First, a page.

Charities run into multiple tax issues when looking to accept a gift of appreciated S-Corp stock, which do not burden gifts of publicly traded stock. First, the charity must report its allocable share of income earned by the S-Corp as unrelated business taxable income ("UBTI"), paying the resulting unrelated business income tax ("UBIT"). Second, whereas normally a charity does not generate UBTI when it sells an asset, a sale of appreciated S-Corp stock will trigger UBIT to the extent of the gain. Typically, the tax on UBTI for a charity is at high corporate rates, with only small offsetting deductions. Given these realities, practitioners should consider strategies to mitigate the UBIT so that more dollars are left for charitable purposes.
One popular technique in financial planning circles is to convert an IRA to a Roth IRA, so that the beneficiary will not have to pay income taxes on distributions from the Roth IRA in later years. However, the beneficiary of the IRA must typically pay substantial income taxes, since the IRA distribution (before it goes into the Roth) is taxable at ordinary income tax rates. One option is to offset taxes due on the conversion by simultaneously making a gift to a pooled income fund ("PIF"). Not only does this reduce taxes, but it provides cash flow for life to the income beneficiaries of the PIF, while (very importantly) benefiting charity.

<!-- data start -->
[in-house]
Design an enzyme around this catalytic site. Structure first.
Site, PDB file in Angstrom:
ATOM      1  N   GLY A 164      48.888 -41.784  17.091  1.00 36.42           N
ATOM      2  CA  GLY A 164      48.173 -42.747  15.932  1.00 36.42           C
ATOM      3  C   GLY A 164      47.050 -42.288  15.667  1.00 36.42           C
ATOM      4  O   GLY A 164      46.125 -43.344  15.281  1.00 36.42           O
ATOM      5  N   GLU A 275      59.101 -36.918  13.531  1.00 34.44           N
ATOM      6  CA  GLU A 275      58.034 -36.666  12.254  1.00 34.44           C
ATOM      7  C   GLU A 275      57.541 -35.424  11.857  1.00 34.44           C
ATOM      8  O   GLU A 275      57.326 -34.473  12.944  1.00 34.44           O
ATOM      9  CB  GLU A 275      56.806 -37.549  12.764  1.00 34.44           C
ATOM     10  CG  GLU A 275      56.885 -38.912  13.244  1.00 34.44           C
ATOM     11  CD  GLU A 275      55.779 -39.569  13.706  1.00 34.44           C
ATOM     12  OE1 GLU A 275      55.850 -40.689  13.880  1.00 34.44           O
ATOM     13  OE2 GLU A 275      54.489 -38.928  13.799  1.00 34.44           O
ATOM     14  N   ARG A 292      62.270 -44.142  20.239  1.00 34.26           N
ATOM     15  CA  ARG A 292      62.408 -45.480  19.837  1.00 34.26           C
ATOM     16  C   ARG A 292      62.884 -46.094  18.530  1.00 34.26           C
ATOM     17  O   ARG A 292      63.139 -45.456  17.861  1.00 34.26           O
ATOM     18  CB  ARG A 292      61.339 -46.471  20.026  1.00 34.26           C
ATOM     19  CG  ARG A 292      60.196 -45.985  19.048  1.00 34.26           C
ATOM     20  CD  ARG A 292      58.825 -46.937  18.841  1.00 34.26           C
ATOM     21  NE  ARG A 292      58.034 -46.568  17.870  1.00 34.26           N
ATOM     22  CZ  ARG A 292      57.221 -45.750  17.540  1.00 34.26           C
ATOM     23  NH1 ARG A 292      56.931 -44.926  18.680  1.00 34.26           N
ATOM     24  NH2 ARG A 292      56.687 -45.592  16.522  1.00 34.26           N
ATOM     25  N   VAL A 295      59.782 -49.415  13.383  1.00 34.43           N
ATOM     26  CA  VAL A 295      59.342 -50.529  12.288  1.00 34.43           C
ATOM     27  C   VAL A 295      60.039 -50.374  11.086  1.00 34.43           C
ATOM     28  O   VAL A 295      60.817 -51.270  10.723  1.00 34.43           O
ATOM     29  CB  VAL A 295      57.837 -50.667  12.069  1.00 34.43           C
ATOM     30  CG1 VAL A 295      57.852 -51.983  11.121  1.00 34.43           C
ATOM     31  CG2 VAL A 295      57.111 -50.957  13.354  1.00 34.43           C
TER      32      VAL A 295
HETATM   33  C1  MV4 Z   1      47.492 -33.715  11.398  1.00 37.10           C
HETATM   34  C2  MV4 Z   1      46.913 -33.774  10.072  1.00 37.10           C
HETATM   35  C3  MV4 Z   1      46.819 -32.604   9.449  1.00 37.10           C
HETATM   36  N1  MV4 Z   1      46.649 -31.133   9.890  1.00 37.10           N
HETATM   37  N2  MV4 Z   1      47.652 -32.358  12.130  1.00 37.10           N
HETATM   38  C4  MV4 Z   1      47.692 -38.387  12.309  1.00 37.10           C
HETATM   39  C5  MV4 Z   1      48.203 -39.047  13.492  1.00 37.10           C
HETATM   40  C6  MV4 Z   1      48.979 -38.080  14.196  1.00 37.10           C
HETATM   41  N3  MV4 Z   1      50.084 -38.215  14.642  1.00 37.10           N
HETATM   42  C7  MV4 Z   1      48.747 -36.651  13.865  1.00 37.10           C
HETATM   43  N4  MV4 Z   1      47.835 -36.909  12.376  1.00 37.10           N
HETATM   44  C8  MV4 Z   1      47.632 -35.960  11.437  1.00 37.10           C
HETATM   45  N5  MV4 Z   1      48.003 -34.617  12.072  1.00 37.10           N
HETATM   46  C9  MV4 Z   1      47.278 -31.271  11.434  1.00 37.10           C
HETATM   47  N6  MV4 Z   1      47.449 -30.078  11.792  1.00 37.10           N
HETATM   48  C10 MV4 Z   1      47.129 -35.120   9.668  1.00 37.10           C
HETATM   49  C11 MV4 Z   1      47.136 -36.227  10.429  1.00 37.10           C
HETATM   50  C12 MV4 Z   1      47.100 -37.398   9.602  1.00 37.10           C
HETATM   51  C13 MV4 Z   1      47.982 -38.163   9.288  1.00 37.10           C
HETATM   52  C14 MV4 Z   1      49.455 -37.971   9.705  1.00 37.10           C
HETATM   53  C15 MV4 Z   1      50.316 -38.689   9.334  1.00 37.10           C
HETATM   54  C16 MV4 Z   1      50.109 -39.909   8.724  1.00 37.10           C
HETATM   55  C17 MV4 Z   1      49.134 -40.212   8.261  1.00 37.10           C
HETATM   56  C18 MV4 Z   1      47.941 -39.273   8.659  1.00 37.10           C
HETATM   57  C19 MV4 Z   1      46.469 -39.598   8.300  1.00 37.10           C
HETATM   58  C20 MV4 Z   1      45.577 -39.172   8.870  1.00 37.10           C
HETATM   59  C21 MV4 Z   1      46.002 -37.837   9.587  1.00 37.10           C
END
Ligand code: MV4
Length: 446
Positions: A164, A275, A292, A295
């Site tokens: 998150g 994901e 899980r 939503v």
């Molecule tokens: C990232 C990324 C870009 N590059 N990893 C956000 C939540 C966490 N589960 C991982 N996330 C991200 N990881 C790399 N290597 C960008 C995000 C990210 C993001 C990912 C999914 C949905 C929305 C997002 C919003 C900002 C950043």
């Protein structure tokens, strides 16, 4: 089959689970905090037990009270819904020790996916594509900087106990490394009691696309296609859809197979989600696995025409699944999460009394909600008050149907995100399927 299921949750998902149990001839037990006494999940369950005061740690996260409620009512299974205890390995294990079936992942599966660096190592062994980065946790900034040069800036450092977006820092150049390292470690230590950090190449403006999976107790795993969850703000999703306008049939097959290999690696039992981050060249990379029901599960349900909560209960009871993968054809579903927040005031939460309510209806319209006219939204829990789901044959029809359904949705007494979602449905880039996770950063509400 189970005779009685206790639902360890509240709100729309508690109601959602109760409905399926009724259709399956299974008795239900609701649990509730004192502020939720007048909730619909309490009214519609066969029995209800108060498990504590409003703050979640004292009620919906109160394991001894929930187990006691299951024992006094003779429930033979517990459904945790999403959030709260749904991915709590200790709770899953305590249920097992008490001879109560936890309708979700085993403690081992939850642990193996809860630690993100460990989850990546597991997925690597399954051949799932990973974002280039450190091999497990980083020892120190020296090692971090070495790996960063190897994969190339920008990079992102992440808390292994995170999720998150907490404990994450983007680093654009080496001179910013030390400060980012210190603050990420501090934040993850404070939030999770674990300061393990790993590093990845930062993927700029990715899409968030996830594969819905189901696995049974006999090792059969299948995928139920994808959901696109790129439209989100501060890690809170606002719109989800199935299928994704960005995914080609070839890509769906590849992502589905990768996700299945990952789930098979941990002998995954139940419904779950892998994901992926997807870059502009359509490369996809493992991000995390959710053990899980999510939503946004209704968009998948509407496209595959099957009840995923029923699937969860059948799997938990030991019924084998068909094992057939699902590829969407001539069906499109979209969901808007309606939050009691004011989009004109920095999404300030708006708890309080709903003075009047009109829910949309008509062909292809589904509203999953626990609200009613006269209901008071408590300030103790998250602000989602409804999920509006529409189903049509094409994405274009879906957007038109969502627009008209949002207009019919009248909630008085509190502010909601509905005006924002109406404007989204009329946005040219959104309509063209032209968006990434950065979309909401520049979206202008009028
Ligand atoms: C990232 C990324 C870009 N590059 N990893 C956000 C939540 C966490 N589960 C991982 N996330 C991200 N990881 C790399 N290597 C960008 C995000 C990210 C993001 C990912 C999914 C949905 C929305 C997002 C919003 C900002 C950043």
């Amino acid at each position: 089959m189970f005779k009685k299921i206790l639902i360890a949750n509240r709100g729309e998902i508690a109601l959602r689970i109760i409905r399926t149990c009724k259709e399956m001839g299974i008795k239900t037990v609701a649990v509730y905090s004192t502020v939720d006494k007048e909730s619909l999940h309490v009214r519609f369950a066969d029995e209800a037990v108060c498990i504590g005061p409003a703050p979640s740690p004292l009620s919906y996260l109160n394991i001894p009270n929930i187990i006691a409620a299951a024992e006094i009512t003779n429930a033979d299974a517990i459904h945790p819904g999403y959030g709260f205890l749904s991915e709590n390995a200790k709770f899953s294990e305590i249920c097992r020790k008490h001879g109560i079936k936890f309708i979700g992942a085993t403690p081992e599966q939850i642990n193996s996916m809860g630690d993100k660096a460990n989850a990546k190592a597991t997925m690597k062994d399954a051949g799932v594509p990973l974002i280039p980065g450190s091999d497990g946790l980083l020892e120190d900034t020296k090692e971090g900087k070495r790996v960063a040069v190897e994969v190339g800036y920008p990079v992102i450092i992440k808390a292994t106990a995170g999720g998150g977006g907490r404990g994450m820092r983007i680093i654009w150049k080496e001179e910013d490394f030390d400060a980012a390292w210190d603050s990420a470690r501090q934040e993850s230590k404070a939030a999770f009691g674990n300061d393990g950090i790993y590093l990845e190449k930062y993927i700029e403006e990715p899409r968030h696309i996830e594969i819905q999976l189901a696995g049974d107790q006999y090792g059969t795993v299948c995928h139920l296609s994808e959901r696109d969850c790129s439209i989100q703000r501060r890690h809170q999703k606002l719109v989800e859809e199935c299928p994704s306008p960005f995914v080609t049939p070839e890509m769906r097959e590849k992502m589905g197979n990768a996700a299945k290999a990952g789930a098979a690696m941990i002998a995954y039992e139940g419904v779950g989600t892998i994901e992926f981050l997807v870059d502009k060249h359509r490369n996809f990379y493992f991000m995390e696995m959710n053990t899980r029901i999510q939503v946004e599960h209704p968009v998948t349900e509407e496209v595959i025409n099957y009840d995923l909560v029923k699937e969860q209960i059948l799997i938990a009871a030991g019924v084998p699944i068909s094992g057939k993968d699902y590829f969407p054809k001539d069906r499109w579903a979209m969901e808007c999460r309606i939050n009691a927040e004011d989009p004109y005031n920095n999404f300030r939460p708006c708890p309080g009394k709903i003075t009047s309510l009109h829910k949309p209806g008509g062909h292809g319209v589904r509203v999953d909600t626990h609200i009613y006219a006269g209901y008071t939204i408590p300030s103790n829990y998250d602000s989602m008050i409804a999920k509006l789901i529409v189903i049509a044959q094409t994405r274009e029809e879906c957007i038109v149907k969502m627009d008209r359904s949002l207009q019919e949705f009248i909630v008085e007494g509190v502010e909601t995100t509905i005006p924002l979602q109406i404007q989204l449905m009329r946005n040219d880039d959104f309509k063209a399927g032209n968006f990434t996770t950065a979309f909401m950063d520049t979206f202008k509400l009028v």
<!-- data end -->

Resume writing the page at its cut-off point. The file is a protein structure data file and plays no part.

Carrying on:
Normally, charitable planners view pooled income funds ("PIFs") as being a great financial planning tool during life, and not a vehicle to transfer wealth. This case study may alter that assumption! Contributing to a PIF allows our donor to benefit charity, avoid potential capital gains taxes, transfer wealth to younger generations, and receive lifetime cash flow.
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